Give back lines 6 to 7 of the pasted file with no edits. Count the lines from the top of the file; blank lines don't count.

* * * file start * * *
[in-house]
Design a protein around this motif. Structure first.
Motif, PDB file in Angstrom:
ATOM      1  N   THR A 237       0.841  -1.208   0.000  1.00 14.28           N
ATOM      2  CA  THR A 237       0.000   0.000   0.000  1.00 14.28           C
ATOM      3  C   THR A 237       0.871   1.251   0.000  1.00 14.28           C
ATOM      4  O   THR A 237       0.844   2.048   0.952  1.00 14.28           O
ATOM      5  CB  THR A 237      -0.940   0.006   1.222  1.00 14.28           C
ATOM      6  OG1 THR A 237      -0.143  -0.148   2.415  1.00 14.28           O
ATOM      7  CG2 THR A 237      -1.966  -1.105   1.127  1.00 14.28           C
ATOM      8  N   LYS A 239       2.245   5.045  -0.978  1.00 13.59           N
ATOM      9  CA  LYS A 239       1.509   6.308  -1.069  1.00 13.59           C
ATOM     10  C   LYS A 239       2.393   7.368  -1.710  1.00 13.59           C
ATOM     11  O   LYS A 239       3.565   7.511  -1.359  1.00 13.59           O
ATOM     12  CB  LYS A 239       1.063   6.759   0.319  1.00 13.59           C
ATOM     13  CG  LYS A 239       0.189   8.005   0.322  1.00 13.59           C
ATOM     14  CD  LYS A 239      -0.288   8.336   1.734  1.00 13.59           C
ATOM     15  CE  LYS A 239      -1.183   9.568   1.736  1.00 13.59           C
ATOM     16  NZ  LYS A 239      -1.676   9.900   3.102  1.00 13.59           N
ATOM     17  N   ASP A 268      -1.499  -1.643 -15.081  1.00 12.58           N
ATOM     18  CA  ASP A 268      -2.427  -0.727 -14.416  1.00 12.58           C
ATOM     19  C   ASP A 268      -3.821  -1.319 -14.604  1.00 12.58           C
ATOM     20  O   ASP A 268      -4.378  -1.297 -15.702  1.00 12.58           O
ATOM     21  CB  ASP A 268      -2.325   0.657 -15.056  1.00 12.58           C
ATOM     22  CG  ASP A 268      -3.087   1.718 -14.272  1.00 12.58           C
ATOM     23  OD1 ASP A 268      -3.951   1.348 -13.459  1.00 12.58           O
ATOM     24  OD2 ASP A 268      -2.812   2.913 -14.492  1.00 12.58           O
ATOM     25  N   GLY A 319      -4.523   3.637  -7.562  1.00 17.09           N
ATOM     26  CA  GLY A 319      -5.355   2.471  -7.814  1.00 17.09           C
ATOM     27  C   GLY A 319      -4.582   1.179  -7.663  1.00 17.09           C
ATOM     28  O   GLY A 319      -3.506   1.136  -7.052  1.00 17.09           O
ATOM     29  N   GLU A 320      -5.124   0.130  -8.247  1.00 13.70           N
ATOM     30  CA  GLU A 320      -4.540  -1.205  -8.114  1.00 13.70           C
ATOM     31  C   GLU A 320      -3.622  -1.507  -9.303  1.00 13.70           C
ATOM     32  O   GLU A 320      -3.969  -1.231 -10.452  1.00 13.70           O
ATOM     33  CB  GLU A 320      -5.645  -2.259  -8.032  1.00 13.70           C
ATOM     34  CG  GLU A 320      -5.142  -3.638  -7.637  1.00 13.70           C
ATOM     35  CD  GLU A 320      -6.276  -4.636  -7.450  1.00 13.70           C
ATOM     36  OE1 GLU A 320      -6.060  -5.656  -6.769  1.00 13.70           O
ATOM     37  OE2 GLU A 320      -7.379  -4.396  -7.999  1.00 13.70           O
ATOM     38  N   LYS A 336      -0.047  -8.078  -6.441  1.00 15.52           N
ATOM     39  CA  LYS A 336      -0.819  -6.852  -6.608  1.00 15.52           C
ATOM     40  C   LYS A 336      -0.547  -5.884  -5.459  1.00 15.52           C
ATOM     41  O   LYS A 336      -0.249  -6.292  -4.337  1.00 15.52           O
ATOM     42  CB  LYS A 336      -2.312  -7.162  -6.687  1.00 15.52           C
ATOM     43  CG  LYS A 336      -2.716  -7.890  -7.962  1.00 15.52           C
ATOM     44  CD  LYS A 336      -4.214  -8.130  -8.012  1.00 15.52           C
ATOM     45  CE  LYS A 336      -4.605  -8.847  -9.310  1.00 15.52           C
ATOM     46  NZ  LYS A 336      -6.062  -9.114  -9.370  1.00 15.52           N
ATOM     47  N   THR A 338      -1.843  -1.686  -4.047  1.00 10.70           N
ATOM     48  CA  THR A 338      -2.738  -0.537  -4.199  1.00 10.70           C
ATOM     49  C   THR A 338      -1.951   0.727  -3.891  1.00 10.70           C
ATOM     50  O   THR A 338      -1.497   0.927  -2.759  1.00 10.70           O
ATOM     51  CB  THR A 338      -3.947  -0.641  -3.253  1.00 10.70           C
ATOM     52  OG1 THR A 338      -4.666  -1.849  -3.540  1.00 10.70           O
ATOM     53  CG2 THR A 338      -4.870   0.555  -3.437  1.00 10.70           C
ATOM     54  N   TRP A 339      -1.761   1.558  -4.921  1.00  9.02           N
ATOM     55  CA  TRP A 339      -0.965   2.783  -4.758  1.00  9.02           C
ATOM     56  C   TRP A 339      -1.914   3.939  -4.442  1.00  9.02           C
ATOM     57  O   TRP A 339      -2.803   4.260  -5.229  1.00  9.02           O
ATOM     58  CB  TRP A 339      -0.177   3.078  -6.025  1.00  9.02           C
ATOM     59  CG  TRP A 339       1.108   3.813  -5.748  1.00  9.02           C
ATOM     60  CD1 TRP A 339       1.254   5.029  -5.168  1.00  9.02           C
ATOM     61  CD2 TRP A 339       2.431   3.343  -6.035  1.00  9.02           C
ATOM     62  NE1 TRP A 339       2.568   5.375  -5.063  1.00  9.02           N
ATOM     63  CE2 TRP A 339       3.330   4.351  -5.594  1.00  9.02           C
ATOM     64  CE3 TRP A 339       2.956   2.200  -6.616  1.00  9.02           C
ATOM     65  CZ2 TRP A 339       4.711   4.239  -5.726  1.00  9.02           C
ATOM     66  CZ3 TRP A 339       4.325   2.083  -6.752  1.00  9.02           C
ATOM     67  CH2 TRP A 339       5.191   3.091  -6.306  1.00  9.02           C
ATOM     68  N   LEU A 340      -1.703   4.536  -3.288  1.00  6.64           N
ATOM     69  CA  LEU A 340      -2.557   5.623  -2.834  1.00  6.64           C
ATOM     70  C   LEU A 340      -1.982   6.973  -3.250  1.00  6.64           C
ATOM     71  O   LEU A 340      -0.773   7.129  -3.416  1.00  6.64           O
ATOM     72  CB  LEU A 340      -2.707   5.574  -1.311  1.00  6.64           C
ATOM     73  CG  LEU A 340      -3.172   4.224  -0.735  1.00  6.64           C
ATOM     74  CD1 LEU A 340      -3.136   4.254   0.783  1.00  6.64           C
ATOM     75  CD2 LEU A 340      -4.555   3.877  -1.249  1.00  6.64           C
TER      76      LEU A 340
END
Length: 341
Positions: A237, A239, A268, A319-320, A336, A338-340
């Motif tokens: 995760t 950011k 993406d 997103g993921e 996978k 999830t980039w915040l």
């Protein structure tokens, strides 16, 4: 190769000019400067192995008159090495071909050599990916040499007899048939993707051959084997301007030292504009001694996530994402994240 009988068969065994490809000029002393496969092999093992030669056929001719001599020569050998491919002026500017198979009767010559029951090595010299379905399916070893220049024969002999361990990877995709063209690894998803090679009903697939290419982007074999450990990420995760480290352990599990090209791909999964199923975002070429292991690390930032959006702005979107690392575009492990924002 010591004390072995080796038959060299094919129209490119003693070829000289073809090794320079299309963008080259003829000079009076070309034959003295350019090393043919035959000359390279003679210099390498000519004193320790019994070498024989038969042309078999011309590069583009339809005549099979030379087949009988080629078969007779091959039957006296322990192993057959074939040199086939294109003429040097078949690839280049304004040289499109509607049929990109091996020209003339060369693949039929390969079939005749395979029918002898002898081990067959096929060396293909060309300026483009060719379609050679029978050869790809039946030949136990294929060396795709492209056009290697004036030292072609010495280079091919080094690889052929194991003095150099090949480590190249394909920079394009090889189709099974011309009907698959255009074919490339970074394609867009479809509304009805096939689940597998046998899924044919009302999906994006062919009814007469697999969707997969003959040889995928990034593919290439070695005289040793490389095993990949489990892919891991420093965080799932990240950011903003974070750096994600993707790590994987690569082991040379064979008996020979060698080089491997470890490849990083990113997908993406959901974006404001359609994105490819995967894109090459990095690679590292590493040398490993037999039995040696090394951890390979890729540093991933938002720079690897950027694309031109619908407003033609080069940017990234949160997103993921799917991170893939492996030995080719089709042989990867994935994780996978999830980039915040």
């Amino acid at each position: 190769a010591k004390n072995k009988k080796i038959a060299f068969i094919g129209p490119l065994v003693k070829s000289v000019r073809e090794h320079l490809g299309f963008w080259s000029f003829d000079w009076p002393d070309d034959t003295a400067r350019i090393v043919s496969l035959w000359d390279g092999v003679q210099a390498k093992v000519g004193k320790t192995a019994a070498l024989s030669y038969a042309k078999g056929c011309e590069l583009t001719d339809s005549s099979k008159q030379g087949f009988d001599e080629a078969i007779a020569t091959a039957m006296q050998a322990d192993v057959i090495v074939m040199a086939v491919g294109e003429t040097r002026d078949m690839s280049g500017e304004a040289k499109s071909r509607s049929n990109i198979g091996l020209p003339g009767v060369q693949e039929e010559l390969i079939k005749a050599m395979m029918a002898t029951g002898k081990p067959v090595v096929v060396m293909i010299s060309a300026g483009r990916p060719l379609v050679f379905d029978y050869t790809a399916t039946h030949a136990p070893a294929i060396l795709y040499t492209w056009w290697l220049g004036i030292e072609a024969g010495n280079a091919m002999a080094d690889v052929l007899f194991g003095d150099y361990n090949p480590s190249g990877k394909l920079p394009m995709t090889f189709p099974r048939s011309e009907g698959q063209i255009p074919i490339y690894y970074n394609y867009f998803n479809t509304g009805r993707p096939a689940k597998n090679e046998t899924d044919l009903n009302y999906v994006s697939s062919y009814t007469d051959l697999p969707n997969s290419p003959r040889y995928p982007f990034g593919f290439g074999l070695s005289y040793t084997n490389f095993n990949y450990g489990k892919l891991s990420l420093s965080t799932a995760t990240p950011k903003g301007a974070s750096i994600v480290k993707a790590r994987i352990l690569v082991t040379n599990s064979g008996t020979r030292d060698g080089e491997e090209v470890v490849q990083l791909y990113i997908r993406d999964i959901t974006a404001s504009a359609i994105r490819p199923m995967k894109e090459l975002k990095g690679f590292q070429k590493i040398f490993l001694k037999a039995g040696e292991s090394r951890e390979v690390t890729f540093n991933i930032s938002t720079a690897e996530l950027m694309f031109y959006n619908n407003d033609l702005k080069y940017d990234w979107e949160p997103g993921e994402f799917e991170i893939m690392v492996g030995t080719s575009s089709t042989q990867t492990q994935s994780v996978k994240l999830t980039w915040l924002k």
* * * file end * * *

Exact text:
ATOM      3  C   THR A 237       0.871   1.251   0.000  1.00 14.28           C
ATOM      4  O   THR A 237       0.844   2.048   0.952  1.00 14.28           O